Suspicion of disaster as a possibility sometimes succeeds in breaking through the outer shell of social complacency, but in curious self-disarming ways. The acute concern at the recent turn of the century over the “Y2K” computer-programming problem offers a case in point. All sorts of panic-stricken predictions hung on the belief that on 1 January 2000 every computer in the world would shut down causing the infrastructure of the industrial nations to grind to a halt. The “Global Warming” hysteria has something of the same character, with its predictions of a rising ocean inundating Florida and millions of people dying from heat stroke, as even the temperate zones become uninhabitable. To the list of doom-scenarios one could add fear of plague (AIDS, it used to be, or nowadays “bird flu”) or anxiety about a giant-meteor impact of “Dinosaur Killer” magnitude. Such apocalyptic fantasies characteristically elide the most probable cause of any impending systemic collapse of civilization.

IV. Men build civilization and men tear it down. They build it by intention, exertion, and discipline, under an image of order. They tear it down by acts of casual omission as much as by acts of concupiscent aggression and destruction. Omission and aggression can operate in synchronization to destroy a society. Civilization indeed carries with it many of the causes of its own gradual declension. In the achievement of widespread and sustained security, for example, the likelihood that the beneficiary generation will fail to appreciate the formative insights of the benefactor generation runs high. Complacency results. The beneficiary generation then fails in the obligation to maintain the basis of security, institutional, economic, military or otherwise. It can embrace novel “theories” that titillate through being exotic in their vocabulary and counterintuitive in their implications and which, being incompatible with received lore, undermine that lore and weaken the cultural health. The society is too busy “having fun” to reflect on its situation. In the succession of the beneficiary generation, once again, an Oedipal contempt for the benefactor generation can develop, which seriously distorts the concept of reality of the beneficiaries.

A delusory independence from ancestral exertion invariably expresses itself in the spurious rebuke of received authority. In Odyssey, Homer sharply contrasts Odysseus’ hard-won capacity for self-restraint with the suitors’ concupiscent impulsiveness – their mindless enthrallment to their own grossest appetites. The same difference marks Odysseus off from his crewmates, all of whom succumb to their lack of any appetitive brakes leaving the king to return to his kingdom alone. The suitors, who are a beneficiary generation par excellence, treat law and custom with disdain. In a speech, Telemachus makes the prediction that, unless checked, the suitors’ arrogance will spread through all of Ithaca and wreck the society.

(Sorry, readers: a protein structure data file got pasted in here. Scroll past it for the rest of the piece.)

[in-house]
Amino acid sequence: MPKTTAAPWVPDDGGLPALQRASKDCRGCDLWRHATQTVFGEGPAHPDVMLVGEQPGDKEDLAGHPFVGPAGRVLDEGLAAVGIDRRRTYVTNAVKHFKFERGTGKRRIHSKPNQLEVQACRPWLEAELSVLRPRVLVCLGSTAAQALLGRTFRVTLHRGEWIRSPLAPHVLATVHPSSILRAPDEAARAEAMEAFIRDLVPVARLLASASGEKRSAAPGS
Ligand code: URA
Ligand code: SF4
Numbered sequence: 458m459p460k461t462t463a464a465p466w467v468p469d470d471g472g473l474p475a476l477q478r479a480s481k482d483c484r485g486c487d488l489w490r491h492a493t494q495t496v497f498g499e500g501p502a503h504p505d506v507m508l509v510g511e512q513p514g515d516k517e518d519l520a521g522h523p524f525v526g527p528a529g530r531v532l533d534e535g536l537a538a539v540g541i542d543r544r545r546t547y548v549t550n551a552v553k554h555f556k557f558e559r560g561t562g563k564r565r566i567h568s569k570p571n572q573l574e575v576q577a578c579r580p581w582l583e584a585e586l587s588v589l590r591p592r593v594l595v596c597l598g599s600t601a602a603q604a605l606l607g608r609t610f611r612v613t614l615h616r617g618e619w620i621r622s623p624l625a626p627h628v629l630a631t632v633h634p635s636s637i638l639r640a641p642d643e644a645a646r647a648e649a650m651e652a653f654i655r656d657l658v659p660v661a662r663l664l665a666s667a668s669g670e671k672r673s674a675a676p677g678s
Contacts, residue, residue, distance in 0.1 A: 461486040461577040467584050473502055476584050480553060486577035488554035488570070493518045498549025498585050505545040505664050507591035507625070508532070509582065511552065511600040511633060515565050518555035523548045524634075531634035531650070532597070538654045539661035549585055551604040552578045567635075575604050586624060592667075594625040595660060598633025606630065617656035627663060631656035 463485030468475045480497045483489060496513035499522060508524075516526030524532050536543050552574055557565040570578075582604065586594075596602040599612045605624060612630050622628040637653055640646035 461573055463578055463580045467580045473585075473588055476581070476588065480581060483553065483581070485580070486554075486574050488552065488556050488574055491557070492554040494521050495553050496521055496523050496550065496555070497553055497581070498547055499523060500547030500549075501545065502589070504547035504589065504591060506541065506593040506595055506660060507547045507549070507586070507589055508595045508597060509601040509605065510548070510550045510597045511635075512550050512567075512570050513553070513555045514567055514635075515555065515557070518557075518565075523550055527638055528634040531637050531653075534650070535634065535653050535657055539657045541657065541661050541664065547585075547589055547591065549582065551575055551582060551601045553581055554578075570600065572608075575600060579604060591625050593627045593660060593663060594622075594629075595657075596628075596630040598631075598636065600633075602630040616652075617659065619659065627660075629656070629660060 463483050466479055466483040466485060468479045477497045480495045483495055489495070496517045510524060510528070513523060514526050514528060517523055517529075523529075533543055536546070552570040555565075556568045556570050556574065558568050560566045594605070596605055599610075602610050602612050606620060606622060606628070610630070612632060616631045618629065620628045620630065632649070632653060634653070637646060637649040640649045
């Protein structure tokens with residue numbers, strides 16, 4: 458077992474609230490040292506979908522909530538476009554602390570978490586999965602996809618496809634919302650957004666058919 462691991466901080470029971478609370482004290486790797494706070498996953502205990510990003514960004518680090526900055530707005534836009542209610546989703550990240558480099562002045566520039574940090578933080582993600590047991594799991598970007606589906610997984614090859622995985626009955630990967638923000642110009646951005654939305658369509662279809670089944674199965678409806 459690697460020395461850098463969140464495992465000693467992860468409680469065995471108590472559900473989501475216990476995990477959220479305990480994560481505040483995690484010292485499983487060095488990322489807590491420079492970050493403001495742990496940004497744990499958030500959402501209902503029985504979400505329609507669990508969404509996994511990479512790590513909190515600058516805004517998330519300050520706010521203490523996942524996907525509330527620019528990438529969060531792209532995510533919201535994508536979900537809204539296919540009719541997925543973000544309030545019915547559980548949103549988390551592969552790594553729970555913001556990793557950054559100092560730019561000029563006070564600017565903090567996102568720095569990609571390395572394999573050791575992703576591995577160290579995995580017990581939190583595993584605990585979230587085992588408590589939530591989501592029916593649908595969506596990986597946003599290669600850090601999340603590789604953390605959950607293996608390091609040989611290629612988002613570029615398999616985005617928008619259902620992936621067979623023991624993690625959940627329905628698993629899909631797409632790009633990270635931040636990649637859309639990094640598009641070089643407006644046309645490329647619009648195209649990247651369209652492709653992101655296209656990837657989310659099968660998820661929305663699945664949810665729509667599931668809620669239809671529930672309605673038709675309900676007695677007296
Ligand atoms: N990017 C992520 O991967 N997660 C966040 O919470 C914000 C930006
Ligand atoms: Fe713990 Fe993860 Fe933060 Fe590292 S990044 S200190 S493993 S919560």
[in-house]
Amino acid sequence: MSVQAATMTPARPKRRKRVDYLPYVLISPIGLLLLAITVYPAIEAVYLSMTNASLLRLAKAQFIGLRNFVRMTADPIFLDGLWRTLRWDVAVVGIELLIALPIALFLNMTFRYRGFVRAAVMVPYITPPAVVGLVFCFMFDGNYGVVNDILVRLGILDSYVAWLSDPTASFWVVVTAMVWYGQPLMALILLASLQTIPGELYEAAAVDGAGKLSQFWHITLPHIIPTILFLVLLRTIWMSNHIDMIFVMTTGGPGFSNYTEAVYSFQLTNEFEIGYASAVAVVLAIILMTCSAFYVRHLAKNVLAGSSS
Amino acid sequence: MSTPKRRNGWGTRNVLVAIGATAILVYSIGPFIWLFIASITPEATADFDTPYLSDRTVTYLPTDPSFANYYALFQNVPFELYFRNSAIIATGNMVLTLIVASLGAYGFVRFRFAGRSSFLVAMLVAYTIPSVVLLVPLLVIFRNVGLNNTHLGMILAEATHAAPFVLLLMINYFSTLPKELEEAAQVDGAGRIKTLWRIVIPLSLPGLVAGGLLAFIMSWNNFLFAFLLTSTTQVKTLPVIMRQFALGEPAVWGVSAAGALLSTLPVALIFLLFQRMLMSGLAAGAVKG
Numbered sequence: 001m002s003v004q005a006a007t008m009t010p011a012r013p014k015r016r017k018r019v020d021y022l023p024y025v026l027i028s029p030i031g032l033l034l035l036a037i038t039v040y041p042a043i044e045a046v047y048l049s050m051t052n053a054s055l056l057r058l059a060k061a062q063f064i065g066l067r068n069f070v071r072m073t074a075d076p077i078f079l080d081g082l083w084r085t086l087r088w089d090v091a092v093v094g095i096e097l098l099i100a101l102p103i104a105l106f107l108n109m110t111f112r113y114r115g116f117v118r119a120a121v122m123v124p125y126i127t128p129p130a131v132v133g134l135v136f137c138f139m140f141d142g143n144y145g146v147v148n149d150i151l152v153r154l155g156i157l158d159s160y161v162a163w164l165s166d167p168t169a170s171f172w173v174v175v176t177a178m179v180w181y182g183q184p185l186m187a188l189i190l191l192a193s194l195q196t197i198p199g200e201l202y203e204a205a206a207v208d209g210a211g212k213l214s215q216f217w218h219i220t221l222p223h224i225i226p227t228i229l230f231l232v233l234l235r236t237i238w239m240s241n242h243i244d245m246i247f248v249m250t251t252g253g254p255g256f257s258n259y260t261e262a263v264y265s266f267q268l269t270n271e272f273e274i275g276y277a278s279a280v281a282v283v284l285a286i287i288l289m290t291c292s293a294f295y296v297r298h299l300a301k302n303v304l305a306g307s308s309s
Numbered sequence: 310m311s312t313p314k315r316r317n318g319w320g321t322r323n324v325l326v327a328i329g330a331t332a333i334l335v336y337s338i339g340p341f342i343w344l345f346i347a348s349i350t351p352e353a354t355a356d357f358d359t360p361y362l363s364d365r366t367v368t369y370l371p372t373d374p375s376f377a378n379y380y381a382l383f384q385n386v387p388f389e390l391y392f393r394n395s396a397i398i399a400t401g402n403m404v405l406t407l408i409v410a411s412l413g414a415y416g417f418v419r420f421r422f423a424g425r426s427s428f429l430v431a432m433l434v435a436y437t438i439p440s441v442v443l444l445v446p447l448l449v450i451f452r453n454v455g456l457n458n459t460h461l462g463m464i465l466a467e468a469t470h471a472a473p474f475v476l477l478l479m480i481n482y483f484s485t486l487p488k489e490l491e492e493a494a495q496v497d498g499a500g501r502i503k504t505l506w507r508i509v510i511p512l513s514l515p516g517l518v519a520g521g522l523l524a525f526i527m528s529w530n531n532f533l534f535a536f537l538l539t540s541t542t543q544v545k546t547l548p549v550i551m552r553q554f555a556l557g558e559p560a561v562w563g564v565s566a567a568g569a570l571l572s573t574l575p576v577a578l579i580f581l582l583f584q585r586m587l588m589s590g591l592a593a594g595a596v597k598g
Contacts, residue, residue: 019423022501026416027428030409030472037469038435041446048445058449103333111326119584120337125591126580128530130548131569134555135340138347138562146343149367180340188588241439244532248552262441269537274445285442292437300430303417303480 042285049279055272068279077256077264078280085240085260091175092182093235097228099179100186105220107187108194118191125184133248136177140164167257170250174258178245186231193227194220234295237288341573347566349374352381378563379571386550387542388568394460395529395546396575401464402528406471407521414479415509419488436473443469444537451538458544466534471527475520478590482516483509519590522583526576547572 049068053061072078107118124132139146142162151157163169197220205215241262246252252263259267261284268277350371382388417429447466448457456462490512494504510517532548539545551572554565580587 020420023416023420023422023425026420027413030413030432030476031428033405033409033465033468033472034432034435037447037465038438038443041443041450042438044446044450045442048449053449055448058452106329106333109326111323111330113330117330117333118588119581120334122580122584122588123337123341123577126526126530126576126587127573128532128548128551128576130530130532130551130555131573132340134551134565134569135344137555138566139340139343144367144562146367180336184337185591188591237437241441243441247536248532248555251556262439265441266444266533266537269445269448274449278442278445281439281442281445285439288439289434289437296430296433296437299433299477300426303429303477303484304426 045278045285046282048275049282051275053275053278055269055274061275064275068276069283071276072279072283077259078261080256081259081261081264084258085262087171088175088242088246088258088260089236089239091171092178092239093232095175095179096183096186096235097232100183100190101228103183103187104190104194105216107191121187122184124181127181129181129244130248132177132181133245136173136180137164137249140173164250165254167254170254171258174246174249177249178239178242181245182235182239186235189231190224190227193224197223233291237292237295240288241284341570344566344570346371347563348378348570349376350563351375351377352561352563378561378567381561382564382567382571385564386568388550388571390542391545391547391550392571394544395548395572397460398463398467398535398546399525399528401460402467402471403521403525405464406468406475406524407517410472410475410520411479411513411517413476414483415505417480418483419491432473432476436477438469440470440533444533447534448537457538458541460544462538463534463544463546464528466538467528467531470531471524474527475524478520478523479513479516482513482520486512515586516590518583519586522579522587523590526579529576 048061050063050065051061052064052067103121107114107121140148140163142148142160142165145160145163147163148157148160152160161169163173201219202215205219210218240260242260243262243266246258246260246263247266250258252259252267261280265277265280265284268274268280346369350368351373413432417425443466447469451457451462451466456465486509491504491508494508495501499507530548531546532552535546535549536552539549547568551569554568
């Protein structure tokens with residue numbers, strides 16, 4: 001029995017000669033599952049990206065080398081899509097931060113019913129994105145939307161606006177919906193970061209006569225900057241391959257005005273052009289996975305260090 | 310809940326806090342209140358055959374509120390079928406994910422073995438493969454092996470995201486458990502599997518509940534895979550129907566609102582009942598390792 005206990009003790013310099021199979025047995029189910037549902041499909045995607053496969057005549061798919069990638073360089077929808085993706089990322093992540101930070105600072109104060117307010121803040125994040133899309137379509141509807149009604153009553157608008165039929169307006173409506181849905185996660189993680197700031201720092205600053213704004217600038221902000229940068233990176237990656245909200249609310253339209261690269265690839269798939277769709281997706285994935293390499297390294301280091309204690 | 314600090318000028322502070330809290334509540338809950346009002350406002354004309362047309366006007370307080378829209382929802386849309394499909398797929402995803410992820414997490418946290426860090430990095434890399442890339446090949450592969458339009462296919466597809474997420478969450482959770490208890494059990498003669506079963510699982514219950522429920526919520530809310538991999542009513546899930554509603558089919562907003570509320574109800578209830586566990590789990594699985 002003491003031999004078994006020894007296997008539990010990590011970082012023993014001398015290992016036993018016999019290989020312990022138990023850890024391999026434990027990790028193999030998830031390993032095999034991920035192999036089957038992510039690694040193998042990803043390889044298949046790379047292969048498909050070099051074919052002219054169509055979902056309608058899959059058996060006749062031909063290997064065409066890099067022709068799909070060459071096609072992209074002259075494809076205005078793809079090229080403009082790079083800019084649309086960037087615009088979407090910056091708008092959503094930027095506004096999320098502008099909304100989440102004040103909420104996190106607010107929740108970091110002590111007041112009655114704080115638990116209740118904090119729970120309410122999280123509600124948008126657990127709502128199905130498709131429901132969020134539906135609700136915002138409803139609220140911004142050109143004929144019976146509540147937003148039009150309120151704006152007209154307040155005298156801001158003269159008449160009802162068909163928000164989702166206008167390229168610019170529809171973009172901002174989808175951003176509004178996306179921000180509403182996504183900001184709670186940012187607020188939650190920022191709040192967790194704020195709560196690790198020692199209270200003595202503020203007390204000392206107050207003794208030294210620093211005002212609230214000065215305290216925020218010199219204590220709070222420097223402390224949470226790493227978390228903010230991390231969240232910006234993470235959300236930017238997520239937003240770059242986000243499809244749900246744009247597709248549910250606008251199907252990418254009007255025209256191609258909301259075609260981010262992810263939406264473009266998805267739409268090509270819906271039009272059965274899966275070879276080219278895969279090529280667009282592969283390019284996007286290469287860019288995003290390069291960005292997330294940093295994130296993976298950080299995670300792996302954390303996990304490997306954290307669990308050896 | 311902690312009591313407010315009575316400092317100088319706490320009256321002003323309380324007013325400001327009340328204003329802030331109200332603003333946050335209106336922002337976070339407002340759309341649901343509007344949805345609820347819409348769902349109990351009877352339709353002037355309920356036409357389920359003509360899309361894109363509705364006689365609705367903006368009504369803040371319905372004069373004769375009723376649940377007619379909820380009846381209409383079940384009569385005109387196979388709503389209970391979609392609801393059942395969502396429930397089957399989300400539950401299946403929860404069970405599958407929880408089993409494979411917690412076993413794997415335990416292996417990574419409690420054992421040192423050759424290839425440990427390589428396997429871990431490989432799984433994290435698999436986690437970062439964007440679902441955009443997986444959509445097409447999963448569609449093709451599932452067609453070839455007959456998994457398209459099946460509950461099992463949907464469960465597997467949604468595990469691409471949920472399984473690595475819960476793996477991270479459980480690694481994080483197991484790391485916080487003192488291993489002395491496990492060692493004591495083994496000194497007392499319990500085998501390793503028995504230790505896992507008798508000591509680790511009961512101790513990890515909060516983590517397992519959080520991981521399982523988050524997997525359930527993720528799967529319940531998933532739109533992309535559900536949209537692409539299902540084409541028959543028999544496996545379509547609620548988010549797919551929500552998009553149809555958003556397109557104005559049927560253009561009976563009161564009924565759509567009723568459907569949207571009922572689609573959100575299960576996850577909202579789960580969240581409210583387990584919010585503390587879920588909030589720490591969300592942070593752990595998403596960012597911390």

It lies in the logic of Homer’s story, that, had Odysseus not returned home and had one of the suitors indeed become the technical husband of Penelope and therefore the nominal king in Ithaca – the exegesis would nevertheless not have found its terminus. The remaining disappointed suitors would have besieged the lucky victor and done away with him, and so on, not quite ad infinitum. One human trait that restraint restrains, after all, is envy, resentment, or what Hesiod calls destructive Strife, and which he sees as the perpetual corruptor of social order.

In its complacent self-absorption, a beneficiary generation can become flagrant in the ostentation of its affluence. It can come to regard itself as naturally endowed with permanence in its status and as possessing a kind of invulnerability to threat rather than as having direct responsibility for the maintenance of its own welfare. Such ostentation provokes renewed resentment – first among the internal proletariat that exists in every society and second among the various external proletariats that gaze into affluence from the impoverished yonder side of the frontier. This is not a matter of justification, but of imitation, as inflamed desire transforms itself into a practical if thoughtless intention to acquire by any means what others flaunt as their entitled portion of enjoyment. In a legal sense, the inheritors of wealth have an absolute right to it whereas the bandits who scheme to take it for their own have absolutely none.

Should the constabulary catch the bandits in actu, then the bandits can only expect to be shut away, sent to forced labor, or even strung up in the town square. This will all be entirely correct, as the French say, and not simply from the civic perspective. A mass of bandits will, however, exceed the ability of the constabulary to respond. “Behold, the enemy’s ships came (here); my cities (?) were burned, and they did evil things in my country,” wrote the Ugaritic king.